What is Journalism?
A quick look at how journalism started and where it has evolved. Journalism changes overtime to accommodate different technology and ways of getting information to the public. It's the job of journalism schools and students to include this in their education.
According to the Encyclopaedia Britannica, journalism is "… the collection, preparation, and distribution of news and related commentary and feature materials through such media as pamphlets, newsletters, newspapers, magazines, radio, motion pictures, television, books, blogs, webcasts, podcasts, and e-mail."
Journalism is continually evolving to meet the needs of its audience. The list of media the Encyclopaedia Brittannica described above has changed over the years, but would have once started and ended with "newspaper."
At journalism schools across the country, international students will begin their training with a brief history to hopefully answer the question of "what is journalism?"
In the US, journalism's history begins in 1690 with the very first American newspaper. The plan was to publish monthly, but outrage by the government forced Publick Occurrences to close down after its first 3-page issue.
Over the course of the next hundred years, two major developments became the catalyst for journalism in the US: the construction of the first printing press in America and the passage of the First Amendment, which granted Americans freedom of speech and of the press.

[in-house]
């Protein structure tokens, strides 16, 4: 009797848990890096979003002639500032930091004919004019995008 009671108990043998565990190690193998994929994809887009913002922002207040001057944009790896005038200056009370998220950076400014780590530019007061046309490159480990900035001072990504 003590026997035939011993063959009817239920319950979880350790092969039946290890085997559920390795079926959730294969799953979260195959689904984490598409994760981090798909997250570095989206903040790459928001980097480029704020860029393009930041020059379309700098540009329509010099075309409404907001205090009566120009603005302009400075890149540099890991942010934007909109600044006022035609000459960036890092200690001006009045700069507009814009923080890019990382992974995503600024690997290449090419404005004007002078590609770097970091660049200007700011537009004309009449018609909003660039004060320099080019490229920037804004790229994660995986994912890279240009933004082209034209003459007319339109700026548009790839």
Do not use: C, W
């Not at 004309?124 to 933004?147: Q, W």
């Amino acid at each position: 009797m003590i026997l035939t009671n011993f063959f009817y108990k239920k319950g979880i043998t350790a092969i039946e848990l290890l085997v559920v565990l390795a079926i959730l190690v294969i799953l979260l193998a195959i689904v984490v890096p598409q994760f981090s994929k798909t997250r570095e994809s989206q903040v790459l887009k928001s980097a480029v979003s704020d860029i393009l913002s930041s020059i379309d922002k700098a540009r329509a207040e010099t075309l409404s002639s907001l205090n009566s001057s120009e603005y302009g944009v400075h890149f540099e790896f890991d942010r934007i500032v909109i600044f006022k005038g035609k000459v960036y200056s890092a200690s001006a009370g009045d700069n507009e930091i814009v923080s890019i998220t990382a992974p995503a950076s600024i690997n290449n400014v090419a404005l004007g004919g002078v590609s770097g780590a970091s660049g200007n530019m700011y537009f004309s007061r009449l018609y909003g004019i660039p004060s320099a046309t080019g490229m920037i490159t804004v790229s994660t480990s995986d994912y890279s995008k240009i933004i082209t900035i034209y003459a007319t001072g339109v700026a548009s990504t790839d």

Eventually, more and more newspapers appeared, each with the goal of reaching a large audience. However, impartial and neutral reporting wouldn't exist until the 20th century. Publishers were quick to back certain political views and flaunt them in their papers.
By 1833, the first newspaper was sold for a remarkably cheap penny. Called the Penny Press, this trend in journalism meant that the working class were finally able to afford to purchase newspapers. Creating an even larger audience for journalism, the Penny Press brought mass popularity to the newspaper industry.
Toward the end of the century, the newspaper industry struggled less with gaining mass readership as a whole, than with gaining readers for their own papers. This started a massive circulation war fueled by Joseph Pulitzer, who owned the New York World, and William Randolph Hearst, owner of the New York Journal. It became known as yellow journalism because both men printed eye-catching and sensational news to sell as many papers as possible.
Note: While they gained notoriety because of yellow journalism, both men also had an important impact on the industry. Hearst purchased more and more newspapers, which grew into a media conglomerate that still exists today. Pulitzer created the Pulitzer Prize, which became the most prestigious and coveted award in journalism.
The departure from this era was muckraking, when journalists investigated wrong-doing in the early 1900's. Primarily writing for magazines, but also for newspapers, journalists such as Nellie Bly and Upton Sinclair uncovered abuse of patients in mental hospitals and discovered malpractice in the meatpacking industry.
The 1900's also gave rise to radio, which increased in popularity during the first half of the century due to its mix of news, music, and entertainment programs. President Franklin D. Roosevelt notably used radio to his advantage with his Fireside Chats—a series of informal discussions with the public regarding his progress and hopes for the country.